Q1 Paul Flynn: I will ask questions briefly and perhaps you could give brief answers because there are a number of subjects I want to raise. Do you think that the Police and Crime Commissioners’ jobs now are so degraded in the eyes of the public that the first election is likely to be the last election on the grounds of the derisory turnout and the shameless cronyism by the Commissioners in appointing their pals as deputies?
Nick Clegg: I think it is an obvious point. They have their work cut out now to prove that they are a worthwhile addition to the policing and political landscape.
Q2 Paul Flynn: St Augustine said in his prayer as a young man—I am sure you are very familiar with the lives of the saints—“God make me chaste, but not yet”. We will have a Bill in the next half an hour going through the House that will have the support of, I think, everyone in the country suggesting we get rid of gender bias from the succession. Why does it not apply immediately?
Miss Smith: The answer to your question is that the agreement will apply retrospectively, dated back to the Commonwealth Heads of Government meeting in Perth last year.
Q3 Paul Flynn: So it will apply to the next succession that comes up on the unfortunate demise of the Queen?
Miss Smith: I beg your pardon, I am misunderstanding you. I am sorry, you are referring to Prince Charles as opposed to the baby of Prince William? In simple terms, because you do have to plan ahead, and we are planning ahead to the next generation.
Q4 Paul Flynn: If it is a reform why do we have to wait decades until it applies? Everyone agrees that it should not be done on the basis of gender. Why not do it straight away?
Miss Smith: Because in this area of constitutional reform, I think it is fair to look to a generation to come. The Palace is content to move forward to this generation and that is a reasonable agreement with which to move forward.
Q5 Paul Flynn: So God make me free of gender discrimination, but not yet.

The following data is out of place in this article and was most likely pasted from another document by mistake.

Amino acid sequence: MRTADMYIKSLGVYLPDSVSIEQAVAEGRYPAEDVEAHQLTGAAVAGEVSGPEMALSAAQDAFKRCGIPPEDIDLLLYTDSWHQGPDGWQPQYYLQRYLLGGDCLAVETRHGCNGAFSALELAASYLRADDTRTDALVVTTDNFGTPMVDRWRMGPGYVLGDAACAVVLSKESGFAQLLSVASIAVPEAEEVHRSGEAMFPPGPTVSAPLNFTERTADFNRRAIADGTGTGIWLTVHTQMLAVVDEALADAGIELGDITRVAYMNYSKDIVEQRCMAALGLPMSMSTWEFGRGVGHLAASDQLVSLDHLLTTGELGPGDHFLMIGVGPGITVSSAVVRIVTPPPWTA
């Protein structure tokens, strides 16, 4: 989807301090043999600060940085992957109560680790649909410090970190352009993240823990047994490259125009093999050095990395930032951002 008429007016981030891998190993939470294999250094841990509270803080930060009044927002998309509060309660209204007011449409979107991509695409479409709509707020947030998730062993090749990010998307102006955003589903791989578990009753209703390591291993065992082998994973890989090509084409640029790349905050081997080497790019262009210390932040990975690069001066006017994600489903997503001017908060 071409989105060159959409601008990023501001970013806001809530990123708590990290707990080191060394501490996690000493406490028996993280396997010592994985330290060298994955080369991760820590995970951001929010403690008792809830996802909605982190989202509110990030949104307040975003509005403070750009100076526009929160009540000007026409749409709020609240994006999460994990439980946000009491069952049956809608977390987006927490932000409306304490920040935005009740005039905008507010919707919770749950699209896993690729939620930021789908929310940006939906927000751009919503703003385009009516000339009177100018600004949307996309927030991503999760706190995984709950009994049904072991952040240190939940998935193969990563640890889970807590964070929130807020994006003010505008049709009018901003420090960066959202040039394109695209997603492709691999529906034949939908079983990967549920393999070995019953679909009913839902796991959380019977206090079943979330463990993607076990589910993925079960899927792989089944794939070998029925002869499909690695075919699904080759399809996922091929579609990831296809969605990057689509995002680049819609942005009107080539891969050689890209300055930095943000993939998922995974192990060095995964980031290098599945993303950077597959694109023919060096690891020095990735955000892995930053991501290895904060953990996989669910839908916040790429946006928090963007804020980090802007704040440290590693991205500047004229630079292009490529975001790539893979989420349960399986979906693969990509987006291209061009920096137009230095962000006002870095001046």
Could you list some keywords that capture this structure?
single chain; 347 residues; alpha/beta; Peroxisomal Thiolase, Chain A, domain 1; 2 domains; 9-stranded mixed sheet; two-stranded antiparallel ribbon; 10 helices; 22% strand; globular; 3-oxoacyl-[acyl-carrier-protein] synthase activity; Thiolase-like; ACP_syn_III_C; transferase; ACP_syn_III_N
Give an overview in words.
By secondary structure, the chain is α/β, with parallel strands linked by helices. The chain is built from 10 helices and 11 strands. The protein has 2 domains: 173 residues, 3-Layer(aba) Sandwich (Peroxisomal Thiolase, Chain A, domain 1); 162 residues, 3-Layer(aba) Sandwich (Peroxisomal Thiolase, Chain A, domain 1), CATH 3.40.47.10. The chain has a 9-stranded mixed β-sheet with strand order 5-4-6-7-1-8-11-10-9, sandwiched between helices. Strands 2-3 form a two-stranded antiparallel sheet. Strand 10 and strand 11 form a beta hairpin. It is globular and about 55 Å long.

The House of Commons has changed over the last 20 years. It represents the country in that there are more women there, not enough, and more ethnic minorities there, not enough, but it has few octogenarians there. Is this not a major defect in view of the outrageous ageism of my colleague? Should we not have people in the House of Commons who remember what life was like before there was a health service?
Miss Smith: As I was at one point in my career the youngest MP, and indeed am now the youngest Government Minister, I suppose I ought to answer that from that other end of the scale. I have always said that we need people from all walks of life and that means young and old as well as every other axis in the Commons. St Augustine, if I were to use him on this side of the argument, I suppose would look to time to do its work, and some people will say that time ticks on and those who may be 78 now could look forward to being 80.
I will do, as others have just done, suggest that the Father of the House is doing an admirable job.
Paul Flynn: I believe that was the situation a short while ago. There are about five who are 77, and there might be one or two who have had birthdays recently who might well be 80.
Miss Smith: We wish them all a long and flourishing life, and a happy birthday.
Q6 Paul Flynn: Are you happy about a Bill that will have a cull of the elderly in the House of Lords in this outrageous way that we have heard this morning?
Nick Clegg: Another reason why the Lord Steel Bill might not curry all the favour that Eleanor wishes.
Q7 Paul Flynn: I will stick to my brief. Do you not think when we talk about defects in democracy, and I think you deserve credit for many of the things that you have listed this morning, that the outrageous injustice in our democracy is the cheat of first past the post?
Nick Clegg: Don’t get me on to that. You do not want to invite a Liberal Democrat to talk about the virtues of electoral reform. We will be here all day. The short answer is yes.
Paul Flynn: Thank you, I am very grateful.